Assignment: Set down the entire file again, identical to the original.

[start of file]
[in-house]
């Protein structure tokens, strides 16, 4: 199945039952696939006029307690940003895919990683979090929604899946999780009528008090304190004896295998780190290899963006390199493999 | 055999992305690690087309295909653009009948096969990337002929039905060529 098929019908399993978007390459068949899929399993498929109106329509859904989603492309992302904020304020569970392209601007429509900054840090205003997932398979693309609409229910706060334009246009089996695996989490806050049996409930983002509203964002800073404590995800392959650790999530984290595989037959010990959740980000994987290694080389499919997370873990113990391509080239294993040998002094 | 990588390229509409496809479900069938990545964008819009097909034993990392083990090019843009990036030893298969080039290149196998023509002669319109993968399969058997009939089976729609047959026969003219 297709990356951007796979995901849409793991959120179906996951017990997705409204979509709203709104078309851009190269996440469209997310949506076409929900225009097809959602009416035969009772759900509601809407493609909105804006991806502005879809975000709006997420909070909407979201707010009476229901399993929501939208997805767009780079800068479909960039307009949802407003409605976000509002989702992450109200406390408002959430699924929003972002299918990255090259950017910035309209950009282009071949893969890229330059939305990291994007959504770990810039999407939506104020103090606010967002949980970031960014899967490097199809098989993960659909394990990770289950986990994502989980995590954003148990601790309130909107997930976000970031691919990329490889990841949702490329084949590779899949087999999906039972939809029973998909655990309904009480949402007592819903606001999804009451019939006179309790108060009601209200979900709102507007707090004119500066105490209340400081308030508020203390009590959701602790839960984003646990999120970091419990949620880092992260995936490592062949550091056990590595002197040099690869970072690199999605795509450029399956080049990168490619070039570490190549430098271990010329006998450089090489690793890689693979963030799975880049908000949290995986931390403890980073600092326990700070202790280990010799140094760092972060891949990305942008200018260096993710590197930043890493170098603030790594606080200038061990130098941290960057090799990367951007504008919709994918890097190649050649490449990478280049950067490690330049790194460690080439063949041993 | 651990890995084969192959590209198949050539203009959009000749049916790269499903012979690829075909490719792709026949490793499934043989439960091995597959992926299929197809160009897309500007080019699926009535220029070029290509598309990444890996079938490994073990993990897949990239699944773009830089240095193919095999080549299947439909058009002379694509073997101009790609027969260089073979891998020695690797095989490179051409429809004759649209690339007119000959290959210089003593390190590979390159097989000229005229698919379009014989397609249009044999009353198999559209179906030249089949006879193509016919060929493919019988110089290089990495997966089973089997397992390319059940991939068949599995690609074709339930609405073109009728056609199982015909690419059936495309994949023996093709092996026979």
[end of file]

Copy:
[in-house]
């Protein structure tokens, strides 16, 4: 199945039952696939006029307690940003895919990683979090929604899946999780009528008090304190004896295998780190290899963006390199493999 | 055999992305690690087309295909653009009948096969990337002929039905060529 098929019908399993978007390459068949899929399993498929109106329509859904989603492309992302904020304020569970392209601007429509900054840090205003997932398979693309609409229910706060334009246009089996695996989490806050049996409930983002509203964002800073404590995800392959650790999530984290595989037959010990959740980000994987290694080389499919997370873990113990391509080239294993040998002094 | 990588390229509409496809479900069938990545964008819009097909034993990392083990090019843009990036030893298969080039290149196998023509002669319109993968399969058997009939089976729609047959026969003219 297709990356951007796979995901849409793991959120179906996951017990997705409204979509709203709104078309851009190269996440469209997310949506076409929900225009097809959602009416035969009772759900509601809407493609909105804006991806502005879809975000709006997420909070909407979201707010009476229901399993929501939208997805767009780079800068479909960039307009949802407003409605976000509002989702992450109200406390408002959430699924929003972002299918990255090259950017910035309209950009282009071949893969890229330059939305990291994007959504770990810039999407939506104020103090606010967002949980970031960014899967490097199809098989993960659909394990990770289950986990994502989980995590954003148990601790309130909107997930976000970031691919990329490889990841949702490329084949590779899949087999999906039972939809029973998909655990309904009480949402007592819903606001999804009451019939006179309790108060009601209200979900709102507007707090004119500066105490209340400081308030508020203390009590959701602790839960984003646990999120970091419990949620880092992260995936490592062949550091056990590595002197040099690869970072690199999605795509450029399956080049990168490619070039570490190549430098271990010329006998450089090489690793890689693979963030799975880049908000949290995986931390403890980073600092326990700070202790280990010799140094760092972060891949990305942008200018260096993710590197930043890493170098603030790594606080200038061990130098941290960057090799990367951007504008919709994918890097190649050649490449990478280049950067490690330049790194460690080439063949041993 | 651990890995084969192959590209198949050539203009959009000749049916790269499903012979690829075909490719792709026949490793499934043989439960091995597959992926299929197809160009897309500007080019699926009535220029070029290509598309990444890996079938490994073990993990897949990239699944773009830089240095193919095999080549299947439909058009002379694509073997101009790609027969260089073979891998020695690797095989490179051409429809004759649209690339007119000959290959210089003593390190590979390159097989000229005229698919379009014989397609249009044999009353198999559209179906030249089949006879193509016919060929493919019988110089290089990495997966089973089997397992390319059940991939068949599995690609074709339930609405073109009728056609199982015909690419059936495309994949023996093709092996026979």